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Removing Mastodon Integration

3 mins

Recently I saw a blog post about Webmentions and user privacy. This got me thinking about the Mastodon integration I did for this blog a while back.

The internet seems to be in the process of reinventing itself. Increasingly, we’re seeing a move towards more decentralized solutions like ActivityPub that shift the control of content (and responsibility) back into the hands of the users. As part of this transition, we are seeing features given more scrutiny in regards to topics like user privacy.

With the move to this decentralized model, many people are looking for ways to reimplement the features they enjoyed on the centralized providers. We’ve become accustomed to near instantaneous feedback when we publish something online. We receive this in the form of likes, reposts and comments. Alas, a humble blog doesn’t come with these features out of the box; enter Webmentions.

Webmentions offers the option of turning a publication into a cross-site conversation. With Webmentions, someone can link to your post and notify you. That notification can then be displayed on your site as a like, repost or comment.

So where does the privacy issue come in? Certainly this seems like an opt-in situation, you have to notify the site that you’ve posted a response after all. Well, what happens if someone else sent the notification on your behalf?

The post and response model that Webmention uses sounds a lot like the model for ActivityPub or any other social media, right? So, it follows that we could make a post on Mastodon, for example, when we update our blog. Since any interaction with that Mastodon post follows the same model, we could treat likes, boosts and comments as Webmentions. You might be sending Webmentions just by intereacting with a Mastodon post.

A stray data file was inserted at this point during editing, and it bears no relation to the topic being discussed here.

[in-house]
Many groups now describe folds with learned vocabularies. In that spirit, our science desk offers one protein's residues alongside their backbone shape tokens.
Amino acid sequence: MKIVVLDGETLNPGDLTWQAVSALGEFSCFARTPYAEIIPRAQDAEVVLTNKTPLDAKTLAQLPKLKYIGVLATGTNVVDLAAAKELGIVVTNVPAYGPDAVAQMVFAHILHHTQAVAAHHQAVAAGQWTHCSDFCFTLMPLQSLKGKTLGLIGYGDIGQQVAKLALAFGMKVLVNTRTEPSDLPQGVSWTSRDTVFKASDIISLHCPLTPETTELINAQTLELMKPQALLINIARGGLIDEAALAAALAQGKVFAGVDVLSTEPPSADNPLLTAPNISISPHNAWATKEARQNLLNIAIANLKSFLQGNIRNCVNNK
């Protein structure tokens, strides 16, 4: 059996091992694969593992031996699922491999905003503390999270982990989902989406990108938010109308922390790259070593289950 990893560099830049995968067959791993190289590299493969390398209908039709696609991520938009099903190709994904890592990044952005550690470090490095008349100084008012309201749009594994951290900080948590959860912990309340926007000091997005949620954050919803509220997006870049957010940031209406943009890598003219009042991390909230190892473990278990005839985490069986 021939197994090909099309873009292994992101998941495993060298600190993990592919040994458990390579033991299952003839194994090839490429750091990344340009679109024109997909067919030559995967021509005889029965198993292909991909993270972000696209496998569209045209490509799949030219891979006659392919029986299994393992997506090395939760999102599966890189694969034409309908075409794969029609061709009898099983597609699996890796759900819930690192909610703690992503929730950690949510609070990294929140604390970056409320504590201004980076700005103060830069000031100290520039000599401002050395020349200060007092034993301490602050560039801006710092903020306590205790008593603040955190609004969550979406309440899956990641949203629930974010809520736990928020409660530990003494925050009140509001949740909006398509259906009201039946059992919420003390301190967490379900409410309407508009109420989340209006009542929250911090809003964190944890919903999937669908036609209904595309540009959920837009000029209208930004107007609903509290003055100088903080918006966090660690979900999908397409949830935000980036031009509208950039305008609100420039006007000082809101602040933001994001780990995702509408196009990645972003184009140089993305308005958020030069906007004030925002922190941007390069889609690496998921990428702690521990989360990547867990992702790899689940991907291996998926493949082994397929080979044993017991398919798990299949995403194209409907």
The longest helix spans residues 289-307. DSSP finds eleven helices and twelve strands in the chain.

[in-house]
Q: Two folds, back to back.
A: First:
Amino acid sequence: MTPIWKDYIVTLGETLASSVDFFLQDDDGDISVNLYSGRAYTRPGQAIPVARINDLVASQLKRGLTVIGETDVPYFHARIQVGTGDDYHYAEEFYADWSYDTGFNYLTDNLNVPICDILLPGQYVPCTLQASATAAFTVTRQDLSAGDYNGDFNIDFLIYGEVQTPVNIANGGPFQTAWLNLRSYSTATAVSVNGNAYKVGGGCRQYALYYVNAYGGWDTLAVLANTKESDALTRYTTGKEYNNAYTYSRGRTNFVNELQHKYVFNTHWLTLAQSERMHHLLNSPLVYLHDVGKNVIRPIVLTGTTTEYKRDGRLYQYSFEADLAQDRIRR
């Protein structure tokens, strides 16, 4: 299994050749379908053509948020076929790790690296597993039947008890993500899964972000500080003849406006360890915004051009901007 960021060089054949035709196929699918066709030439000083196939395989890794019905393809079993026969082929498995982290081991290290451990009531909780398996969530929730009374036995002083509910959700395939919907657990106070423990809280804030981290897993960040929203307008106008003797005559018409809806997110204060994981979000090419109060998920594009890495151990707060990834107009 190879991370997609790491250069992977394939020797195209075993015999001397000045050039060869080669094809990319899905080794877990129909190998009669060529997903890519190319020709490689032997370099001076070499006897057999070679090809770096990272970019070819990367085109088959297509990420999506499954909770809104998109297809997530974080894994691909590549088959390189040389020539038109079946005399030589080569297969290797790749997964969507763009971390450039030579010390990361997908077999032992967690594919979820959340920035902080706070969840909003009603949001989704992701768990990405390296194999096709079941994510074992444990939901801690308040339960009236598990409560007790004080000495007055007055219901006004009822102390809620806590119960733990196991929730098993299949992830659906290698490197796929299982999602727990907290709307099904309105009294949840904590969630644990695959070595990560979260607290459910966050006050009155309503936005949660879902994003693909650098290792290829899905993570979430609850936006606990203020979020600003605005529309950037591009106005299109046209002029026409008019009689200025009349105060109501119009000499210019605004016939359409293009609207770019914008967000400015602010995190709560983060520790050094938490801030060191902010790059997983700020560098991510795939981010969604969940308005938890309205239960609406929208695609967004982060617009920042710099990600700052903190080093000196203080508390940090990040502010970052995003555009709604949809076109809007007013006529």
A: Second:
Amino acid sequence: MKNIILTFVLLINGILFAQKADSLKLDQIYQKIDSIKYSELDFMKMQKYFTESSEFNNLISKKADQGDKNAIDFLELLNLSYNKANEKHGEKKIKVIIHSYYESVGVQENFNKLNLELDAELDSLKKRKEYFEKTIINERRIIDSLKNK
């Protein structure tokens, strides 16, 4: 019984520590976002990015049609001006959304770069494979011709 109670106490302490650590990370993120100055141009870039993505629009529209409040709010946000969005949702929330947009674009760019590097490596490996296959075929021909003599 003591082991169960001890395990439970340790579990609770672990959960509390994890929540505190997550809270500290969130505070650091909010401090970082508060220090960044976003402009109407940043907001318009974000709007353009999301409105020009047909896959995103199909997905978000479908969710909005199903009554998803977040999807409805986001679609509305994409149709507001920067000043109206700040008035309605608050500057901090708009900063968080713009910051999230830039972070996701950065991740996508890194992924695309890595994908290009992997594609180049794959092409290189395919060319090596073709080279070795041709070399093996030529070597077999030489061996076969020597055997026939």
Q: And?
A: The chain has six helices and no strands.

See the problem? The people interacting with your Mastodon post may not realize that they’re opting in to having their like, boost or comment scraped and shared on a separate site via a Webmention. Even if they do realize it, they may not have any control over editing or deleting the content after it has been scraped.

To be fair, this isn’t a new problem. Anything shared with the internet, public or otherwise, can be reshared with or without the user’s consent. A simple screenshot is all the sophistication needed.

I know that this is an evolving space and I see many people thinking about this right now. Personally, I really like the idea of Webmentions. I like the idea of a connected internet of people. I look forward to see how this all plays out.

When I started this blog, I always wanted to make something that respected the reader’s privacy. That’s why you’ll find no analytics or tracking on this site. Out of an abundance of concern for that privacy, I’ve chosen to remove the Mastodon integration and the post detailing how to do it from the site for now.

I'm a software developer in the games industry by day. By night, I like to tell collaborative stories with my friends through tabletop roleplaying.